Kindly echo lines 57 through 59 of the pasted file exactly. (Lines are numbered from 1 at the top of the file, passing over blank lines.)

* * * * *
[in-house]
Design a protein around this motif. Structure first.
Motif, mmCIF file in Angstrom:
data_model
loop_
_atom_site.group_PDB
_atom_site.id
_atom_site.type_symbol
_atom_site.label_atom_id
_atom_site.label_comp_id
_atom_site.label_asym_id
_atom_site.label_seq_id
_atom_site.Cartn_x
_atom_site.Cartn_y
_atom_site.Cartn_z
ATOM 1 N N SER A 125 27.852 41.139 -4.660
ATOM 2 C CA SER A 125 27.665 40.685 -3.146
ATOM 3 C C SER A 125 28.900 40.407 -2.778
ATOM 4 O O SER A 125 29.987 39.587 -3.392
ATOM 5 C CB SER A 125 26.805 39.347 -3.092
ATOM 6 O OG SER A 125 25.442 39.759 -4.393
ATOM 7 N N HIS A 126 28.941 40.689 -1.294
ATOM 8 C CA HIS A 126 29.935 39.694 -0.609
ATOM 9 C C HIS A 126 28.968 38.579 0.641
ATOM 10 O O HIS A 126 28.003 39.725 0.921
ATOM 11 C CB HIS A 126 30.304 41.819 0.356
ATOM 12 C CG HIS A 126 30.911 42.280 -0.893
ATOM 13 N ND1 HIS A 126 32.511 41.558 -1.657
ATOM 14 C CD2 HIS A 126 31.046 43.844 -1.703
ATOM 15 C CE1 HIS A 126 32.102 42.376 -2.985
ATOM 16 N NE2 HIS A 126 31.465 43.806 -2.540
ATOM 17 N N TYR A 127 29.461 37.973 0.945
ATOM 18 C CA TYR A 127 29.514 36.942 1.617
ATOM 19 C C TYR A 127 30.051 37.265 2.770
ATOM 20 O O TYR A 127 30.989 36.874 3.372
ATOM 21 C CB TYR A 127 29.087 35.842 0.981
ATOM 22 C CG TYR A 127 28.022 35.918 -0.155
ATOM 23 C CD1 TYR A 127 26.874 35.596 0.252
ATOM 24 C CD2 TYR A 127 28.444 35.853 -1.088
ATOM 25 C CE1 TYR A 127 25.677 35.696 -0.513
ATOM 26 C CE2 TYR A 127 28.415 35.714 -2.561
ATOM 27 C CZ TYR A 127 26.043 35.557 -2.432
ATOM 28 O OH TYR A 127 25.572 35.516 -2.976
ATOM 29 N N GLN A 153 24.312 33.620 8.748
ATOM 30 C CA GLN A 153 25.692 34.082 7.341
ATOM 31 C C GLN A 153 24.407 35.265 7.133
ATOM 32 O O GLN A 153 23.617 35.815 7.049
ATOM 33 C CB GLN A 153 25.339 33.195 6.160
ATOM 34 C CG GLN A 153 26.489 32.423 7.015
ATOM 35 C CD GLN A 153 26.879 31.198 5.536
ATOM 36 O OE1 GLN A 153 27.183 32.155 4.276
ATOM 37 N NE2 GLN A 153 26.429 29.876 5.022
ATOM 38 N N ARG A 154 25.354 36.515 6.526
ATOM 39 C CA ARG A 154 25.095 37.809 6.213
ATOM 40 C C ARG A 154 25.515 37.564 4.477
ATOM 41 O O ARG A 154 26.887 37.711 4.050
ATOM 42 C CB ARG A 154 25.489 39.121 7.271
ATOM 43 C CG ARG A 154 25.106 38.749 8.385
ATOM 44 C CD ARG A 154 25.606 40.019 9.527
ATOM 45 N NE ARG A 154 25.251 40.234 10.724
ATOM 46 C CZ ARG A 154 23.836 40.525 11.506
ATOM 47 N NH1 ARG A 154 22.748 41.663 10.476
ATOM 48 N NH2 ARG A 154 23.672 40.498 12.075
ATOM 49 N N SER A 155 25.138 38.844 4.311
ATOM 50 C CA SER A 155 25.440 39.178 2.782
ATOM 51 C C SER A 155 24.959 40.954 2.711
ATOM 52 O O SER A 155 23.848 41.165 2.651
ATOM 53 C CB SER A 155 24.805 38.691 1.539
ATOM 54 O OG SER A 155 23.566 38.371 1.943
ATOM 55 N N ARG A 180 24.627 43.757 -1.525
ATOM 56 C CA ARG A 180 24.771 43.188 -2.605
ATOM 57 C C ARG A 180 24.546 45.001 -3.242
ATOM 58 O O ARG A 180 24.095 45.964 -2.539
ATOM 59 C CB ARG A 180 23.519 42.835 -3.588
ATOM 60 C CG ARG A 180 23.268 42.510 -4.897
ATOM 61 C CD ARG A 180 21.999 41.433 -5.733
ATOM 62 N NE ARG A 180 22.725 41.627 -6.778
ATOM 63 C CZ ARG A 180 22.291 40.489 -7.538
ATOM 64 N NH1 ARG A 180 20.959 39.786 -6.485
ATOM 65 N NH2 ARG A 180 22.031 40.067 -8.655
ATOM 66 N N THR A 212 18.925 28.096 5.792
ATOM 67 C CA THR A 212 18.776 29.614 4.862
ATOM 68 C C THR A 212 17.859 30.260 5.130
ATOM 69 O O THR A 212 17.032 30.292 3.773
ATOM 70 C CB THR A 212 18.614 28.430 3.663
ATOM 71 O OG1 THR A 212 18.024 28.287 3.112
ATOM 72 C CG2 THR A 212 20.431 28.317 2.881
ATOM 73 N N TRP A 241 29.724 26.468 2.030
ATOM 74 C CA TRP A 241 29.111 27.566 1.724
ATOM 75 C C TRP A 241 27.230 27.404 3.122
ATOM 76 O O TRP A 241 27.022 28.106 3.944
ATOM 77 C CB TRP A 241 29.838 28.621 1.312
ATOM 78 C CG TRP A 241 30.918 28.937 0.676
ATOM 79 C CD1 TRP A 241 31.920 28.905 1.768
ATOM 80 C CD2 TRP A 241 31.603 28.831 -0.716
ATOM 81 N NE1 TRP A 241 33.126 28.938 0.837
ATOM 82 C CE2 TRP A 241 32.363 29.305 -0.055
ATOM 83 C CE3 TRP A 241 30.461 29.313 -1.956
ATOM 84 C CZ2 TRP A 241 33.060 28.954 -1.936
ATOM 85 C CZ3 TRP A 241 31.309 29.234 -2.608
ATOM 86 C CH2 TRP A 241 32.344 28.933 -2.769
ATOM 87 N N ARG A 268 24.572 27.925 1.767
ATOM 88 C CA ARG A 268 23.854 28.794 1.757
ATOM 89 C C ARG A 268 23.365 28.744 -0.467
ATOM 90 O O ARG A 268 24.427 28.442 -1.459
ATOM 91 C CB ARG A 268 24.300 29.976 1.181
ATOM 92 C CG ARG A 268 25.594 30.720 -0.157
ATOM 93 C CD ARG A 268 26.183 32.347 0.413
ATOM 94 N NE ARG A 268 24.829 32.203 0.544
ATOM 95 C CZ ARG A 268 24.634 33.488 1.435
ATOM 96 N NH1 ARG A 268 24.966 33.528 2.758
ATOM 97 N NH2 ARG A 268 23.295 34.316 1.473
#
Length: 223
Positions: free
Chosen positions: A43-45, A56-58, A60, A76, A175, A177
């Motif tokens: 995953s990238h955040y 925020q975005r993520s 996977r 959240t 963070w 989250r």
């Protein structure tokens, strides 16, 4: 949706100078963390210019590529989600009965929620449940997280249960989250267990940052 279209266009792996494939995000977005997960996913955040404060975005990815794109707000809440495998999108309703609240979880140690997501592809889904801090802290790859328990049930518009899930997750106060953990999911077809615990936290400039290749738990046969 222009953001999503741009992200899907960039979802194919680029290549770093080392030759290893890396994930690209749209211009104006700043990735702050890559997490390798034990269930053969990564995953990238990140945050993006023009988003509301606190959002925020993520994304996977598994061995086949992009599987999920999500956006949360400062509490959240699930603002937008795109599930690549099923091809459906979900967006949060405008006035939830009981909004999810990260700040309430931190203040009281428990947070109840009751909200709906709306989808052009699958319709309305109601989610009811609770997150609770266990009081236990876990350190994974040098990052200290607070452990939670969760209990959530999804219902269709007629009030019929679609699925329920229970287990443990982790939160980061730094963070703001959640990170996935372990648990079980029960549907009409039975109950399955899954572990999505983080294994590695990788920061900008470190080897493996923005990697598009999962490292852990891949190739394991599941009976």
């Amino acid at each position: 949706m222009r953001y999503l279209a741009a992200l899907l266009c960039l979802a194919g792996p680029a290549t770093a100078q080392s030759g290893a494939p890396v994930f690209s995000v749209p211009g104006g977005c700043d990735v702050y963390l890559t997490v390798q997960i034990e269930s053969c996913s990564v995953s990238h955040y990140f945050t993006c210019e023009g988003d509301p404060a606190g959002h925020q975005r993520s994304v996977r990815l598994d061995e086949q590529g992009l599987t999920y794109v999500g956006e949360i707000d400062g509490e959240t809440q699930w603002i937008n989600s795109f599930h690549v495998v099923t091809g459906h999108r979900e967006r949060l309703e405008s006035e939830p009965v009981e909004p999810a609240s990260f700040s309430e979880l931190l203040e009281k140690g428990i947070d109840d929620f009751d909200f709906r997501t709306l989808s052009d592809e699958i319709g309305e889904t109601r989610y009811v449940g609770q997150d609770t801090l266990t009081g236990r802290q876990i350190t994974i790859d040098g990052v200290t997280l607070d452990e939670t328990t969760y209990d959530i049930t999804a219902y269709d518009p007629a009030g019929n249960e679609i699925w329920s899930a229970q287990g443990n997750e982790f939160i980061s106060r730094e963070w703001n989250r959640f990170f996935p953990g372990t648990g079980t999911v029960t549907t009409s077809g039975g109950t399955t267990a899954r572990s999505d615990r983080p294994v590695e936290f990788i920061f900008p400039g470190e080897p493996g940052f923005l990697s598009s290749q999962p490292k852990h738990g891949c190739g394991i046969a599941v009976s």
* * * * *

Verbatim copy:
ATOM 42 C CB ARG A 154 25.489 39.121 7.271
ATOM 43 C CG ARG A 154 25.106 38.749 8.385
ATOM 44 C CD ARG A 154 25.606 40.019 9.527